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Journal of Emerging Trends in Engineering and Applied Sciences (JETEAS)


Article Title: Perspectives on a Strategic Jordanian Water Project: The Red Sea to Dead Sea Water Conveyance Construction
by Ahmed N. Bdour

The issue of surface water, in a context of sustainable development, remains a critical factor for development in arid and semi-arid countries. Many countries are still not on the track to reach the water-related targets which threaten their security, development, and environmental sustainability. Another issue of growing important is the international conflicts over water quantity and (recently) quality. Jordan is categorized between the arid and semi arid countries, and can be considered as one of the most ten water stressed countries in the world, with an annual per capita share of water less than 125 cubic meters of fresh water resources, while the world poverty line is 1000 CM. The water shortage causes the shrinkage of investments in the industrial, commercial, tourism, and agricultural sectors which ultimately leads to negative impacts on the sustainable developments of the country and region. An interdisciplinary and multidisciplinary work is the nature of modern water management plans which leads to solve the problem from a broad view. The concept of this project is to construct a 112-mile pipeline to transfer water northward from the Red Sea to the Dead Sea to pump sea water into the salt lake while generating hydroelectric power for use in desalination. The governments of Jordan, Palestine Authority, and Israel have been enthusiastic supporters of this project, and are calling on the international community to support its multi-billion dollar project. However, detractors of the canal claim that there are numerous of archaeological and historic sites around the Dead Sea, thus it may do more environmental harm than good and suggest that the Dead Sea be naturally restored by allowing the Jordan River to flow southward unimpeded. This paper investigates the direct and indirect merits of the proposed construction and analyzes its significance and implications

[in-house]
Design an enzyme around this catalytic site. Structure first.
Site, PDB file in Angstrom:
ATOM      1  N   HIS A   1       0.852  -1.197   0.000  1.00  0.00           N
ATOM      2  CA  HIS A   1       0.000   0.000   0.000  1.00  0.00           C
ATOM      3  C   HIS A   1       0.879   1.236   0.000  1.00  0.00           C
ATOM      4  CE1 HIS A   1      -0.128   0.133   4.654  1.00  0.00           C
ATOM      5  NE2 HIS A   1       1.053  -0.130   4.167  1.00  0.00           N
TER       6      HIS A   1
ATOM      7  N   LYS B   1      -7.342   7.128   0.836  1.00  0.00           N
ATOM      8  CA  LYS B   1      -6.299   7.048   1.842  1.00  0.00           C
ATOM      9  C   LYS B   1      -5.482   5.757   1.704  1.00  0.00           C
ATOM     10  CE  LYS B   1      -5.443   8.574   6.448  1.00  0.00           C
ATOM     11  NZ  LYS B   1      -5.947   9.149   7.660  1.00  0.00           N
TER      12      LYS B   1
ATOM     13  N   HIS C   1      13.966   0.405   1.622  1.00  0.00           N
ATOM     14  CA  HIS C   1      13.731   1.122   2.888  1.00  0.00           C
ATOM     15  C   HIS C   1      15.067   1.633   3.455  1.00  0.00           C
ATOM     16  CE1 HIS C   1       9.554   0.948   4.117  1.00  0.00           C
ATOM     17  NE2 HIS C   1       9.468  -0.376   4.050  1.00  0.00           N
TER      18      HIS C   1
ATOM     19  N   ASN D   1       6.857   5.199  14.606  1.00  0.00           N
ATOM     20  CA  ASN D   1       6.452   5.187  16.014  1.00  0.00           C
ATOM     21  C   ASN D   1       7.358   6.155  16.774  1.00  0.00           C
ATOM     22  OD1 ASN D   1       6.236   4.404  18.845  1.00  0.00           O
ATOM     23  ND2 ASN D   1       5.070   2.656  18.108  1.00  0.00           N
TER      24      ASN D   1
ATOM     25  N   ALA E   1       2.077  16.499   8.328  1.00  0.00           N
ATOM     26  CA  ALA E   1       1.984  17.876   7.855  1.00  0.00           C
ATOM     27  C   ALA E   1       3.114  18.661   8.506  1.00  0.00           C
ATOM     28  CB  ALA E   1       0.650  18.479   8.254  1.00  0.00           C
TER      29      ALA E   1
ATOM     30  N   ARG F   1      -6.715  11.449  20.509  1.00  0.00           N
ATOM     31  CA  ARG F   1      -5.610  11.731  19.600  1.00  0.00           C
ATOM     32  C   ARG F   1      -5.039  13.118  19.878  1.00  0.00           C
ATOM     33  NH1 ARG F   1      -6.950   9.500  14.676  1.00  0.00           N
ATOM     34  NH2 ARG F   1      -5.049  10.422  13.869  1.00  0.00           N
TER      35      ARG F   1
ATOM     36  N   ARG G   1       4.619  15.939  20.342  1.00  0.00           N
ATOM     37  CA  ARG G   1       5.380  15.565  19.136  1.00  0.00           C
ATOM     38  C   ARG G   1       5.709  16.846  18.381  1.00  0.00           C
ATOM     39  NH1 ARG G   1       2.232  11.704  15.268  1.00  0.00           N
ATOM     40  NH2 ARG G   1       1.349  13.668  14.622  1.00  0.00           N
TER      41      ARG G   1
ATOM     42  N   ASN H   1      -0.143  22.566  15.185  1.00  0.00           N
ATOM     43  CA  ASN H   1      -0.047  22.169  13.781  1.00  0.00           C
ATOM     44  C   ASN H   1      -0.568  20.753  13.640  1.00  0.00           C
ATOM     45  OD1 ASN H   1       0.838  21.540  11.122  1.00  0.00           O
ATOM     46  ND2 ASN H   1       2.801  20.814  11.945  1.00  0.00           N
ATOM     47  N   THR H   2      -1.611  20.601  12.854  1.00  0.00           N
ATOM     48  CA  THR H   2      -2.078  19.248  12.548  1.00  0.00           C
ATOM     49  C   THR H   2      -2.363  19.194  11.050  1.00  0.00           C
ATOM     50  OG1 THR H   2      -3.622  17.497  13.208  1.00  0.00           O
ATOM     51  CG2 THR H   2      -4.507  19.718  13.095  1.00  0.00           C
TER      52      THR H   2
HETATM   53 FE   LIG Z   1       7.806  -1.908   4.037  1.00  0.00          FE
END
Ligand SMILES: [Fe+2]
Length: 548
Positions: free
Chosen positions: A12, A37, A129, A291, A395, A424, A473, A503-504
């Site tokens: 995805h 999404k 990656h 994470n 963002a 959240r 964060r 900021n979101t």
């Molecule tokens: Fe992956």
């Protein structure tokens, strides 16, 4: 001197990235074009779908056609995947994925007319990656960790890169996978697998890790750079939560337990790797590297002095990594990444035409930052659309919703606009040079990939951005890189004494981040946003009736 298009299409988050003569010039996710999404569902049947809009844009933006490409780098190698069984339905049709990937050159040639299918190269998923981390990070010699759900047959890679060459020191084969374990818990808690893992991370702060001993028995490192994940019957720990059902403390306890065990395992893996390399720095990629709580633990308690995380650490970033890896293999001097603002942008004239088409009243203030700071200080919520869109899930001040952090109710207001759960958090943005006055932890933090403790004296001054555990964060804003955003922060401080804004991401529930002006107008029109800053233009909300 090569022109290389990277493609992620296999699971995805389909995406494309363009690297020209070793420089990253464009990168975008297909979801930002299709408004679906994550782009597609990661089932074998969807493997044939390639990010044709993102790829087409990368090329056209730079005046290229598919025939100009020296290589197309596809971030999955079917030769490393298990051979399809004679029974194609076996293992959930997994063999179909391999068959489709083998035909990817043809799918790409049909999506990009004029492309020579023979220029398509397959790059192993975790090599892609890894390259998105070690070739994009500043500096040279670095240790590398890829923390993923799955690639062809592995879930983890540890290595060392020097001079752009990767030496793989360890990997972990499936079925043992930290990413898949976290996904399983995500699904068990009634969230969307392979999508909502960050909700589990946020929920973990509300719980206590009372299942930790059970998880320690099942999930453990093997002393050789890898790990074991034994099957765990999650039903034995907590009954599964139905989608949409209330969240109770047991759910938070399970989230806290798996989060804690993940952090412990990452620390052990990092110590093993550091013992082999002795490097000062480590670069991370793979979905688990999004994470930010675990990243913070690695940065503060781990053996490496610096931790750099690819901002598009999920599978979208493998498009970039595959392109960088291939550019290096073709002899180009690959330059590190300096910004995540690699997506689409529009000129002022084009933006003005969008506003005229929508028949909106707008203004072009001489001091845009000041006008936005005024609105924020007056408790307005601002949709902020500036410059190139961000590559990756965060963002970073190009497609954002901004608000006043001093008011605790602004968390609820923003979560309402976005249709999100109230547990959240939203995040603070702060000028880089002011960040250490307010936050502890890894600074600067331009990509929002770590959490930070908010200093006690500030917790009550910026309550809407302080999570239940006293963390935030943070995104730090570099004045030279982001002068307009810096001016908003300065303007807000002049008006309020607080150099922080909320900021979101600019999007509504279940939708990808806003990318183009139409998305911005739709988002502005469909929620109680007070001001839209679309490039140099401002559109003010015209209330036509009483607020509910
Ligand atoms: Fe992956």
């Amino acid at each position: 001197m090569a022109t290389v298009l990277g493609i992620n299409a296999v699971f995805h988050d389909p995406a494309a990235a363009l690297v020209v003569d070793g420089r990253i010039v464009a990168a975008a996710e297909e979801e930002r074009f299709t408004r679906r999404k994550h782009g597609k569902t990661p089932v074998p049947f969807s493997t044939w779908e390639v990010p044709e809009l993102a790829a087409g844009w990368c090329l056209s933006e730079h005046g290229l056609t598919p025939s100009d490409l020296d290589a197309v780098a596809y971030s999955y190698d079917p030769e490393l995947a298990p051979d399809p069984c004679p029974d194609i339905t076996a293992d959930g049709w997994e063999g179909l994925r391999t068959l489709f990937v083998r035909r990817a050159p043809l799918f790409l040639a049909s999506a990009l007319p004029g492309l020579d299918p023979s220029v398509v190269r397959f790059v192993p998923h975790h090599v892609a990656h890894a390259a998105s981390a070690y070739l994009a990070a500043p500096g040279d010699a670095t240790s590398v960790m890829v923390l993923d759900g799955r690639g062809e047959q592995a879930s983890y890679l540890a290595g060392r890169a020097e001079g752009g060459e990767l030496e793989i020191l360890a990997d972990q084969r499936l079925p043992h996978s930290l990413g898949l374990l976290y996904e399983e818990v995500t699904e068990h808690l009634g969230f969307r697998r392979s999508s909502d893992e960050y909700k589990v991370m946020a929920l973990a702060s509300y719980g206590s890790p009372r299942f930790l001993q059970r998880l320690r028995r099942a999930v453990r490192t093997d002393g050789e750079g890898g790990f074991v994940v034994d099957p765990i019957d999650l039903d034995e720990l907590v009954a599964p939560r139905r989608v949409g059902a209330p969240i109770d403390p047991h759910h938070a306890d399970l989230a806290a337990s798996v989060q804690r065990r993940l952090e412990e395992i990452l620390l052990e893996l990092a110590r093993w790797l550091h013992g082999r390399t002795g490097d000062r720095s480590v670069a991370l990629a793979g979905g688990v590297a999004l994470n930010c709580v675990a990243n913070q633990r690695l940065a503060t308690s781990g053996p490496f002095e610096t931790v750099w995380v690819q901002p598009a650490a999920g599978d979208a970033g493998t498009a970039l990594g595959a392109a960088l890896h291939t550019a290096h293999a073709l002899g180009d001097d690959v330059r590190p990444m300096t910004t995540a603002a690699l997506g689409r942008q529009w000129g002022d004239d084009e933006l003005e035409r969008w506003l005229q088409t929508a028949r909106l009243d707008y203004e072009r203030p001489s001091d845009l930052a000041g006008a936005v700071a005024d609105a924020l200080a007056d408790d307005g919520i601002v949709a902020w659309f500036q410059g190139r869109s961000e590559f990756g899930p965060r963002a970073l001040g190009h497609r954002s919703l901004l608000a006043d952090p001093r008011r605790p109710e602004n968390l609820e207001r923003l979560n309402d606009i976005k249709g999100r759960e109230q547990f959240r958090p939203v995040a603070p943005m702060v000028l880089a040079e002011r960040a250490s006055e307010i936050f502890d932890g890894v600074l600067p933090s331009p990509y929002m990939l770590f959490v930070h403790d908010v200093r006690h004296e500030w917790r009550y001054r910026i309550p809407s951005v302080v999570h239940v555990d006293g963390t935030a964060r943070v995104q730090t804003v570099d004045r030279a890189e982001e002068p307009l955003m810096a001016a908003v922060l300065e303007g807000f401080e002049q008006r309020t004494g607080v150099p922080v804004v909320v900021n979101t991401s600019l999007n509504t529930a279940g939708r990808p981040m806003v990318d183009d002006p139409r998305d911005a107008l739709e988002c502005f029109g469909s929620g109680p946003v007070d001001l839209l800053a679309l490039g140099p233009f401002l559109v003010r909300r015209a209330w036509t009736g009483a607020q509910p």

Keywords: Red-Dead Sea construction, environmental concerns, water policies, strategic plans
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ISSN: 2141-7016

Editor in Chief.

Prof. Gui Yun Tian
Professor of Sensor Technologies
School of Electrical, Electronic and Computer Engineering
University of Newcastle
United Kingdom



Copyright © Journal of Emerging Trends in Engineering and Applied Sciences 2010